Elfman, Burton collection includes tunes and illustrations

Our vote for this holiday season’s must-have, high-priced, movie-related toy is Warner Bros. Records’ “Danny Elfman & Tim Burton 25th Anniversary Music Box,” a $500, limited-edition collection of 16 CDs, a lavishly illustrated book and assorted trinkets related to the long partnership between the composer and director of “Batman,” “Edward Scissorhands” and this year’s “Alice in Wonderland.”

Even Burton and Elfman (in a promotional video on YouTube) seem wowed by the design and size of the box, which features a working zoetrope with strips of Burton’s art and a chip that plays Elfman’s own music-box arrangement of his best-known themes. It’s like “something that someone found in a hidden attic in Edward Scissorhands’ home,” says Richard Kraft, Elfman’s longtime agent and co-executive producer of the project.

“It’s extremely weird,” says Elfman about looking back at a quarter-century of collaborations with Burton, who first asked the Oingo Boingo frontman to write the music for his first film, “Pee-wee’s Big Adventure.”

“I’ve never listened to a score of mine, ever. I don’t watch the movies,” he avers, noting that revisiting all 13 feature-film scores (and other projects) to assemble the CDs was uncomfortable.

Elfman’s assistant and Kraft spent months searching through dusty, half-forgotten storage units looking for every scrap of music that Elfman wrote and found various cassettes, DATs and reels of tape “in between boxes of broken doll parts and old synthesizer equipment,” says the composer.

The result is more than seven hours of previously unreleased material, including expanded soundtracks of all the movies and even early demos of Elfman themes and songs. Whether to include those demos was a bone of contention between composer and agent.

“We found one of his first demo recordings of ‘Batman,’ and it sounds like it was recorded on a Casio,” says Kraft.

“The early demos are incredibly embarrassing,” admits Elfman, who finally relented when Kraft insisted that they were “historic documents” that would not only be treasured by fans but should be preserved as film-music history.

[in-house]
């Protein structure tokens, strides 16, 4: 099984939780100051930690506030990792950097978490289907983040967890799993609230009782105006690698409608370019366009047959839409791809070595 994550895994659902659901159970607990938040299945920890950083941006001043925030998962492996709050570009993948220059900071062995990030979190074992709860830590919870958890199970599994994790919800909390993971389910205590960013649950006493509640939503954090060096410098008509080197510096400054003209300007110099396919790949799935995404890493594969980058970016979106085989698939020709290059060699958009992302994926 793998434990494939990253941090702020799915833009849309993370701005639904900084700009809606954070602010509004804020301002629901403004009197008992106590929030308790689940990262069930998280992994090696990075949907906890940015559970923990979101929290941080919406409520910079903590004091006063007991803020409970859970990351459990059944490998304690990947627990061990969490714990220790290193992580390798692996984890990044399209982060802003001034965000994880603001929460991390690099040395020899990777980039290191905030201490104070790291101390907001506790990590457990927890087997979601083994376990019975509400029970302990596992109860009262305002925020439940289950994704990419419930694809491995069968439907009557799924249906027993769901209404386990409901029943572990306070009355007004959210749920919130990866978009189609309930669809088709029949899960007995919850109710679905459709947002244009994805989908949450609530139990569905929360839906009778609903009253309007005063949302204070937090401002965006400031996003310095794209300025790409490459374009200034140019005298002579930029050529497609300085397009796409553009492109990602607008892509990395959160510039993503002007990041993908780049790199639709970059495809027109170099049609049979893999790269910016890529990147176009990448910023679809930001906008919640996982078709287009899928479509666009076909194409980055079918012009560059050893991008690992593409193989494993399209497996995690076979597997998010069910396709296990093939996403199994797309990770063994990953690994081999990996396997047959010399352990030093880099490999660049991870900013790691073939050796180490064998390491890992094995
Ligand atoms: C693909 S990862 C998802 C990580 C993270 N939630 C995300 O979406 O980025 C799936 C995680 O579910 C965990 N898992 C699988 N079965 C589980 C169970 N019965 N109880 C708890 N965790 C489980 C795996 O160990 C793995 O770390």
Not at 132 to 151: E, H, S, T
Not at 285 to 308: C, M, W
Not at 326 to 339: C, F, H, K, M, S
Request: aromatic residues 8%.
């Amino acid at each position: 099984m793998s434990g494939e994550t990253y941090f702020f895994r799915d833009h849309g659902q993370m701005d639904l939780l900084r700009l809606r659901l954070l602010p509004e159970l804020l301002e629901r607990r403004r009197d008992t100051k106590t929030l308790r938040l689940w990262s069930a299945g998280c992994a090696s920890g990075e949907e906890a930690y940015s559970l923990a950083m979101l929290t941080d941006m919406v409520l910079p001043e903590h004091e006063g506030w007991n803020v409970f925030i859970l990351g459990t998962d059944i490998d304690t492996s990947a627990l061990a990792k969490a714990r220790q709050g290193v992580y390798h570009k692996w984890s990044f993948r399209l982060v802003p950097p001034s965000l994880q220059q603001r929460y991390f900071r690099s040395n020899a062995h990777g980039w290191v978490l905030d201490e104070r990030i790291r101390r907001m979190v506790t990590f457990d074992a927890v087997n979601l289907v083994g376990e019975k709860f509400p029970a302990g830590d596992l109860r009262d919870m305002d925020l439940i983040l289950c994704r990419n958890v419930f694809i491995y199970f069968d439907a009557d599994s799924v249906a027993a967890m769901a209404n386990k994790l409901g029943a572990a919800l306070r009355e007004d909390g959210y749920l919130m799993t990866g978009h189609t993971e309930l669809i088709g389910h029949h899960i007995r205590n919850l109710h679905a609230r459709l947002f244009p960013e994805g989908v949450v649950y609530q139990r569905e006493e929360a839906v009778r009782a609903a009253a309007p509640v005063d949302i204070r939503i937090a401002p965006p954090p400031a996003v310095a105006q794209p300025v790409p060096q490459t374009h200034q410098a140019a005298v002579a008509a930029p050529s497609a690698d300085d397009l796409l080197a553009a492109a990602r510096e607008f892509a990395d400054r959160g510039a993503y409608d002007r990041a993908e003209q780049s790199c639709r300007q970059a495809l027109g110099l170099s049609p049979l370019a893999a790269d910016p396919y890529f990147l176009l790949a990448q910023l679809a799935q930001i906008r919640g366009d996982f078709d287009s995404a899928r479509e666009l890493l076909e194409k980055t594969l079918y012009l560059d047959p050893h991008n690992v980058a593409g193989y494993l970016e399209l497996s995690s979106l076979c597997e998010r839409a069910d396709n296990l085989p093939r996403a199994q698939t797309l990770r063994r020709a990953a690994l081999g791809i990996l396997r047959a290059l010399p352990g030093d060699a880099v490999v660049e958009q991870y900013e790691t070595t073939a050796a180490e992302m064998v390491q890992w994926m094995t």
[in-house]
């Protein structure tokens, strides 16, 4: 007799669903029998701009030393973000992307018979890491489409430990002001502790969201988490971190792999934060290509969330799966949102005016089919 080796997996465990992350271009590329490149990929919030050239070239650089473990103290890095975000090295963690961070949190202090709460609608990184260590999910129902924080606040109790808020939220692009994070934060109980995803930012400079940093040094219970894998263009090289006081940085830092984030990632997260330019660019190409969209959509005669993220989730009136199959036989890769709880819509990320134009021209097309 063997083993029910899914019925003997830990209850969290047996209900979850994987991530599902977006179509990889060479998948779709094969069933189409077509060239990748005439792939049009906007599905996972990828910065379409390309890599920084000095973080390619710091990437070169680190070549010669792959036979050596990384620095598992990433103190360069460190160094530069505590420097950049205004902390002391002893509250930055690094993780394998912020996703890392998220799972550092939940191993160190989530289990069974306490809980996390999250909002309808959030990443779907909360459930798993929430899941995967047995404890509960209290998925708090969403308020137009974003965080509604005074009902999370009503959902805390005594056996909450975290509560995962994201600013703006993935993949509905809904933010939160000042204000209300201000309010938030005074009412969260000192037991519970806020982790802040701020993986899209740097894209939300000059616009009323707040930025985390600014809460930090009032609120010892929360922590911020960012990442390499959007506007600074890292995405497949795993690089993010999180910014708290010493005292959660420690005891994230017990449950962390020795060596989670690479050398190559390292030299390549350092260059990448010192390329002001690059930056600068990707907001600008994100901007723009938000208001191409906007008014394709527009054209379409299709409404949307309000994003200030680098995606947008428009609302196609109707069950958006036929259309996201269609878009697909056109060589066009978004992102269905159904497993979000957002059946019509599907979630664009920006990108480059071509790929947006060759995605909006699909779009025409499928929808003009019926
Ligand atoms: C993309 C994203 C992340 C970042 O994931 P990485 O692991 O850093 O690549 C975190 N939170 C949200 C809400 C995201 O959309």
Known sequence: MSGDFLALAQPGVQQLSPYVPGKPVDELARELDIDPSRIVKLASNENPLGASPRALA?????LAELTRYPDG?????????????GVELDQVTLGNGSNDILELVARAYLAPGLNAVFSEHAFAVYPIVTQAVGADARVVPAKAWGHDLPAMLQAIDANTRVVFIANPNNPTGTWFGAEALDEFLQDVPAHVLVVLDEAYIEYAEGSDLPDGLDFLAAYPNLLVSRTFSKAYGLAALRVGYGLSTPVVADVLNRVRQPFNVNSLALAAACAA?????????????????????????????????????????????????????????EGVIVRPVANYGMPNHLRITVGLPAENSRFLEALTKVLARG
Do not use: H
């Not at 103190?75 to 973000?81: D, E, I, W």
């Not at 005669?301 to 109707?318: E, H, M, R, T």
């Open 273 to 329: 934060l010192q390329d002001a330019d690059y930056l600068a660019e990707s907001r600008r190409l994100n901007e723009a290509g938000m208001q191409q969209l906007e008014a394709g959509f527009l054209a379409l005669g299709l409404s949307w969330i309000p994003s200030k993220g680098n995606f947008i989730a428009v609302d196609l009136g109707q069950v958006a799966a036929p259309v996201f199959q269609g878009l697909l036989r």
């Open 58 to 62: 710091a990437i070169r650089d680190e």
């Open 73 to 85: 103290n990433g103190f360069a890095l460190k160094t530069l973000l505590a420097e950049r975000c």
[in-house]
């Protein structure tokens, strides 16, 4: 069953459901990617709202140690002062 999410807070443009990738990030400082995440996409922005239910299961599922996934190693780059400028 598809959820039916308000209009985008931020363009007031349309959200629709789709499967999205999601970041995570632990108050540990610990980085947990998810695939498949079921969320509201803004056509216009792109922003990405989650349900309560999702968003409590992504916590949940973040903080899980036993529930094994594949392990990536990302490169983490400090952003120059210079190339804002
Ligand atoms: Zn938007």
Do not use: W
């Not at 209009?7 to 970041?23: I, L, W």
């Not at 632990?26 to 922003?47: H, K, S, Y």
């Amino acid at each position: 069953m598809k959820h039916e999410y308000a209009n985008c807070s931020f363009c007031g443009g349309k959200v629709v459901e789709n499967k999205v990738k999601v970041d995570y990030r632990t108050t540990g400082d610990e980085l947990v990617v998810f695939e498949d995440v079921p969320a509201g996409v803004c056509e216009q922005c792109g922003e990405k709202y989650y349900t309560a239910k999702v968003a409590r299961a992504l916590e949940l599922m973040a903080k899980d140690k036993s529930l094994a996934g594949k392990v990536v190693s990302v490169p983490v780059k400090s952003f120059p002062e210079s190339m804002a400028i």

“It’s not like we’re talking about old sex tapes,” says Elfman. “It’s just crappy sounding demos from 1989.”

Other finds include unused songs from “Nightmare Before Christmas” and “The Corpse Bride,” and what Kraft describes as “the gem” of the unreleased music, Elfman’s unused score for the Matthew Bourne-choreographed 2005 ballet of “Edward Scissorhands.”

The 16 CDs are illustrated with Burton’s own artwork; also included is a USB drive containing all the music and an hourlong DVD in which Burton and Elfman discuss their long collaboration. Johnny Depp wrote the foreword to the 260-page book.

“It’s spectacular when you consider what they’ve accomplished as a team and the fact that they’re still reinventing the Burton-Elfman model with each project after 25 years,” says Laura Engel, Kraft’s partner and co-exec producer on the project.

Says Elfman: “I wouldn’t have a career were it not for Tim and ‘Pee-wee’s Big Adventure.’ Every one of those first six or seven films opened a new door for me, artistically and commercially. I was doing comedy, fantasy, action, romantic films, and he allowed me to try things out.”

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